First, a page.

Favorite cookbooksSeptember 17, 2009 by Susie
Every so often, people ask me “What’s your favorite cookbook?” Usually, I wince. Then I make some kind of smart-alecky answer like, “Oh, that’s like asking which one’s your favorite child? or your favorite music?” These days, I often use a different cookbook every night, improvising and borrowing with abandon. When it comes to cookbooks, I have to say my fidelity leaves something to be desired.
It wasn’t always like this. When I first got the Silver Palate Cookbook , it wasn’t just my favorite cookbook, it was my only cookbook. I clung to it as if it were some kind of culinary liferaft, my only refuge in a desert of expensive takeout. And when, at 21, I received Marcella Hazan’s Essentials of Italian Cooking for Christmas, I cooked from it every night for years, with a mania foreshadowing the era of Julie/Julia. Marcella could be pedantic and opinionated, but for someone who knew nothing in the kitchen, it was comforting to borrow someone else’s strong opinions for a while.
Marcella taught me to pay attention to the look and smell and texture of things, not just to blindly “cook 4 to 6 minutes”. I think our favorite cookbooks open our eyes and senses to a world of secret clues all around us–what it means when a simmering pan starts making that low, brittle cackle that means it’s running out of liquid. What it means when the scent suddenly explodes, like a jack-in-the-box, from the toasting spices. The way that garlic-ginger paste tastes completely different from garlic and ginger alone.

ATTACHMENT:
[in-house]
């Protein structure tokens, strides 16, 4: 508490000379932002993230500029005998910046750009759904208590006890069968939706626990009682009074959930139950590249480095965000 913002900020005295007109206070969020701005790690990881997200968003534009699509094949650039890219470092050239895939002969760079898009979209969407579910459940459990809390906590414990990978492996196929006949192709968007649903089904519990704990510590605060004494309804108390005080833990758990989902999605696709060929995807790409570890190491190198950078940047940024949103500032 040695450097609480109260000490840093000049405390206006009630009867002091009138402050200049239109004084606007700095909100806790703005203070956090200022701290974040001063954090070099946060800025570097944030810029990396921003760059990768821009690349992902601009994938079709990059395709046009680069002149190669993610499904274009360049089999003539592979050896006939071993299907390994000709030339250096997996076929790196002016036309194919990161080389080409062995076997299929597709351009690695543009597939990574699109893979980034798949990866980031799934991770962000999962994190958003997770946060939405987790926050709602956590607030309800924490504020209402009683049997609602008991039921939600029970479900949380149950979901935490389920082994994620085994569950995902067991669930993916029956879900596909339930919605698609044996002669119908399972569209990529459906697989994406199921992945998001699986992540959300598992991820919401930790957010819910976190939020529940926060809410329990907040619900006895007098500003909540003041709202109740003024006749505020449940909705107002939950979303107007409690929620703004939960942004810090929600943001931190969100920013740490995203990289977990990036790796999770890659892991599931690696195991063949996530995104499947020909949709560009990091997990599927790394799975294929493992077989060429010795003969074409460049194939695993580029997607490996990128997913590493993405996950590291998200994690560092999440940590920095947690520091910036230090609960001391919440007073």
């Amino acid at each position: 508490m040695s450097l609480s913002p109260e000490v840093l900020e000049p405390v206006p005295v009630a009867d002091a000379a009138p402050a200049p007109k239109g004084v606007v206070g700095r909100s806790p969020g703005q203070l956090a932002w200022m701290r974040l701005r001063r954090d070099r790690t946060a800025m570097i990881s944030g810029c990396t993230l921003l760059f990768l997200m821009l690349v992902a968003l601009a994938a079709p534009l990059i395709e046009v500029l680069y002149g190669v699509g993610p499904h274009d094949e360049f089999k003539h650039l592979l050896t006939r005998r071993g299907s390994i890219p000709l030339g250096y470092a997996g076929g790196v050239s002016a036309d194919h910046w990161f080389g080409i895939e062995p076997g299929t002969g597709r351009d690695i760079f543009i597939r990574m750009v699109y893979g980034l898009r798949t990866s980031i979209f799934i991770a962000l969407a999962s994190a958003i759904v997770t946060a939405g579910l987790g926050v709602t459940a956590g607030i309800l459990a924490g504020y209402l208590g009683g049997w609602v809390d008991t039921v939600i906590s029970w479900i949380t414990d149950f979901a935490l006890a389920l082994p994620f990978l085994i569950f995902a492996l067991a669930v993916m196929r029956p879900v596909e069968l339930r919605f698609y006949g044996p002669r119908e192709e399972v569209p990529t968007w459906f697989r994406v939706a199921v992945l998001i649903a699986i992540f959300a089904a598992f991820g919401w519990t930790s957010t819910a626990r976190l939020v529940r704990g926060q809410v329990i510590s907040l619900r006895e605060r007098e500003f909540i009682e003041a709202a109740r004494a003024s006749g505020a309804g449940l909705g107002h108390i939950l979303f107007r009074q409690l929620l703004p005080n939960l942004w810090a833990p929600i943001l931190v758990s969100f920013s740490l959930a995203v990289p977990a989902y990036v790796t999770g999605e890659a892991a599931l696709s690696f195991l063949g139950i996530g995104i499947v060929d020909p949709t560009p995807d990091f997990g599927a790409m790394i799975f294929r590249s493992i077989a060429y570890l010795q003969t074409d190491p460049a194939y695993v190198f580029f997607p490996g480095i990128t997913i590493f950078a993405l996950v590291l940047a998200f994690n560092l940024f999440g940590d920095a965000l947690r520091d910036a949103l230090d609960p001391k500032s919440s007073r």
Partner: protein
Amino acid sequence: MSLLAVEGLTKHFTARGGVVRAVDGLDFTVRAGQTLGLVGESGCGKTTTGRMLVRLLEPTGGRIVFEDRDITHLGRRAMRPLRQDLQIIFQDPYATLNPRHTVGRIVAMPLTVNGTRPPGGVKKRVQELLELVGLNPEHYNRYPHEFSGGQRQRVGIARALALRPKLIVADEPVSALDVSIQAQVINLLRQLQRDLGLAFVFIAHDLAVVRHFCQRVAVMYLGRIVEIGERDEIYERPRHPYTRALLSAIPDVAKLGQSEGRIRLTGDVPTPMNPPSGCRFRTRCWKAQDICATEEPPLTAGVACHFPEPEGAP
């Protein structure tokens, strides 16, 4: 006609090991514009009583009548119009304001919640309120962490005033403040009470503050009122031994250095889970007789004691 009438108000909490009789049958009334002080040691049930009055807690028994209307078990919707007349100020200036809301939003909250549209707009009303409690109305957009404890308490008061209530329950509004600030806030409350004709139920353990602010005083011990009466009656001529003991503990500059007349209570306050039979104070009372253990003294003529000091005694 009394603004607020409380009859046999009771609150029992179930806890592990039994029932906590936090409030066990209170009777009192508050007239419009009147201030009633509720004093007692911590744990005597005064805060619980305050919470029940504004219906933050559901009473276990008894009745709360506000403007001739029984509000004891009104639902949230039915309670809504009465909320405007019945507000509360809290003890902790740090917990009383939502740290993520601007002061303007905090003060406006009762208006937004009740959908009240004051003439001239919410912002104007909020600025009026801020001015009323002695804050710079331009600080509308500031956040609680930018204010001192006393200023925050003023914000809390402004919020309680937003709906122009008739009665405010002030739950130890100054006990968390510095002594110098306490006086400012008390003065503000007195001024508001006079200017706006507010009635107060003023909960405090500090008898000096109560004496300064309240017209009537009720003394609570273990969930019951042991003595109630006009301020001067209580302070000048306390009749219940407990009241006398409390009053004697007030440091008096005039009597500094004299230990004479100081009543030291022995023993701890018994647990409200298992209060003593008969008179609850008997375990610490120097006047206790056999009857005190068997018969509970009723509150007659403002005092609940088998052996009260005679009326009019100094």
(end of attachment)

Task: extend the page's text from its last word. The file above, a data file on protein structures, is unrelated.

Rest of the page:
For a person who has everything to learn, knowledge is like a drug. Today, if I don’t shake and tremble in the presence of cookbooks, it’s only because they’ve taught me so much. Yet when I think about it, I realize that I’ve never stopped loving the cookbooks that were my teachers. After Marcella, there was a book called the Food of China (Deh-Ta Hsiung and Nina Simonds), which brought dumplings back into my life. There was Paul Gayler’s Passion for Vegetables, where I learned about Jerusalem artichokes. There was the little-known but wonderful Portuguese Homestyle Cooking by Ana Patuleia Ortins and the folksy, sweet Lee Bros. Southern Cookbook by Matt and Ted Lee. These days I find myself repeatedly turning to 660 Curries by Raghavan Iyer, Roy Finamore’s Tasty, and the Splendid Table’s How to Eat Supper.
I may not let myself call them my favorites, yet there they are–getting stickier and more frayed and loved with every passing week.
When you look at your own cookbooks, can you name a favorite? Or two, or three? Do you love them because they were your friends when you were lonely, or because they were the teachers that taught you the life lessons you needed to know? Did they give you the secret formula that won your spouse’s heart (and stomach)?
One thing I do know for sure is that every cookbook holds the promise of another piece of the puzzle, another mystery solved. Just as there’s always another meal, there’s always something else to learn–and there’s always another reason to celebrate how little we know.
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